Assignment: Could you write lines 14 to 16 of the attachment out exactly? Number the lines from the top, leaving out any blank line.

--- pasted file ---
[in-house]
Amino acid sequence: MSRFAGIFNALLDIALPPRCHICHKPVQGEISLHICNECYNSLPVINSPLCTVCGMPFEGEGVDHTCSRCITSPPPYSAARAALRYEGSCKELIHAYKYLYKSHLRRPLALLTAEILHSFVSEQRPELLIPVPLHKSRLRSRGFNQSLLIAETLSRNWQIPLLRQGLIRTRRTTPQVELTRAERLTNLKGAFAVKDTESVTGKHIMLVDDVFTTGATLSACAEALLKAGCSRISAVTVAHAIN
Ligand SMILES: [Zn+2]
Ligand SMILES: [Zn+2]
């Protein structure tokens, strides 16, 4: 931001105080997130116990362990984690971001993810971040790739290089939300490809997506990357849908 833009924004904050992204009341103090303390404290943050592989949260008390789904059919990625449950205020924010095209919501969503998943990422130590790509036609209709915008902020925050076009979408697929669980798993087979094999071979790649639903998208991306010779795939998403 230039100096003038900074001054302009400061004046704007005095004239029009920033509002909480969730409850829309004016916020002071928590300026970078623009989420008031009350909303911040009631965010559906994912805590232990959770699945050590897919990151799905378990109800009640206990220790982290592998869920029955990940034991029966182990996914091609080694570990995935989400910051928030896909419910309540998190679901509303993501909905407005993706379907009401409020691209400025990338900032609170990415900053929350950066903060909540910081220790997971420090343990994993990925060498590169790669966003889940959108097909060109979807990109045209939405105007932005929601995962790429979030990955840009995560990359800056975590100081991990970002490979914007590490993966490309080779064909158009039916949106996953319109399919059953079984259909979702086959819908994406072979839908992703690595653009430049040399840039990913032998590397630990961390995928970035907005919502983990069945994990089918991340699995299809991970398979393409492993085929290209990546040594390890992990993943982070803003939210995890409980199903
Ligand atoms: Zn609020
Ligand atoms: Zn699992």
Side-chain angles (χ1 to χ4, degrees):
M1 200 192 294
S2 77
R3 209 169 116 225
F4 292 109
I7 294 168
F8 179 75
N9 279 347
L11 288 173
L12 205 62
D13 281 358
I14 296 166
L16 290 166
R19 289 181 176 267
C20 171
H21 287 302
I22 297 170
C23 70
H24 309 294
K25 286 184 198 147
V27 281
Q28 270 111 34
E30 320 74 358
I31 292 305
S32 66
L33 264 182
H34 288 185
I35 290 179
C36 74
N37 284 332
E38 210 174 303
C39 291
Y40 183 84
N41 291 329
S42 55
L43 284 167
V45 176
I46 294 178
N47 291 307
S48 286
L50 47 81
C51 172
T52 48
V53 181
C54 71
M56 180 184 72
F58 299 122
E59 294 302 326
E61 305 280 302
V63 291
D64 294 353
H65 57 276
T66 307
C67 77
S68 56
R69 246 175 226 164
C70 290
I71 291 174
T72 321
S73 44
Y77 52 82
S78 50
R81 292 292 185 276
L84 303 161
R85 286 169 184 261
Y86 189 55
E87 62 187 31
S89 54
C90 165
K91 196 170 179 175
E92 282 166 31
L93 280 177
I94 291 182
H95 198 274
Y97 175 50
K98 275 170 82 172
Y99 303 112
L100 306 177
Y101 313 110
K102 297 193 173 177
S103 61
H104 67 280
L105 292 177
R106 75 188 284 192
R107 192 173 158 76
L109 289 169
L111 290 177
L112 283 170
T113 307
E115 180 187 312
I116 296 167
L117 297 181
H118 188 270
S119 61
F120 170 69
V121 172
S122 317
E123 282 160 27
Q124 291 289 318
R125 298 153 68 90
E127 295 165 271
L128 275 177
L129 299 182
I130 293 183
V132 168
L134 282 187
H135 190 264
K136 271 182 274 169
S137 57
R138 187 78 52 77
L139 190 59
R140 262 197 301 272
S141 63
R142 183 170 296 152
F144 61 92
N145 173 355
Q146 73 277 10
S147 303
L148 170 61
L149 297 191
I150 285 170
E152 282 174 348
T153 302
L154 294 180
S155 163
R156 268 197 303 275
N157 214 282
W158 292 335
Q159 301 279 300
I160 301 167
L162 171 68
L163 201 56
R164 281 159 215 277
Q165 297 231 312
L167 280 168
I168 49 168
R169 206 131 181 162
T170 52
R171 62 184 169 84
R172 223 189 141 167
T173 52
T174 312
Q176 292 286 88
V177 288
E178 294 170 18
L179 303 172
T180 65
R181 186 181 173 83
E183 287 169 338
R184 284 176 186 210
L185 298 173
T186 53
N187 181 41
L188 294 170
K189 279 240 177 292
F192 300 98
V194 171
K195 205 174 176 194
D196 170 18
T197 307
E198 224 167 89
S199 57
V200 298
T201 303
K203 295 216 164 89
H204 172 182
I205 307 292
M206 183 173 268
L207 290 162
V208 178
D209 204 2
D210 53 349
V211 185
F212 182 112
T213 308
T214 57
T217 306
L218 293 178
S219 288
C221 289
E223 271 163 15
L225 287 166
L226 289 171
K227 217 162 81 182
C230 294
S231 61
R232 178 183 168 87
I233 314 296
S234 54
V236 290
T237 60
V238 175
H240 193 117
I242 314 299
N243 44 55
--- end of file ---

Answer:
F8 179 75
N9 279 347
L11 288 173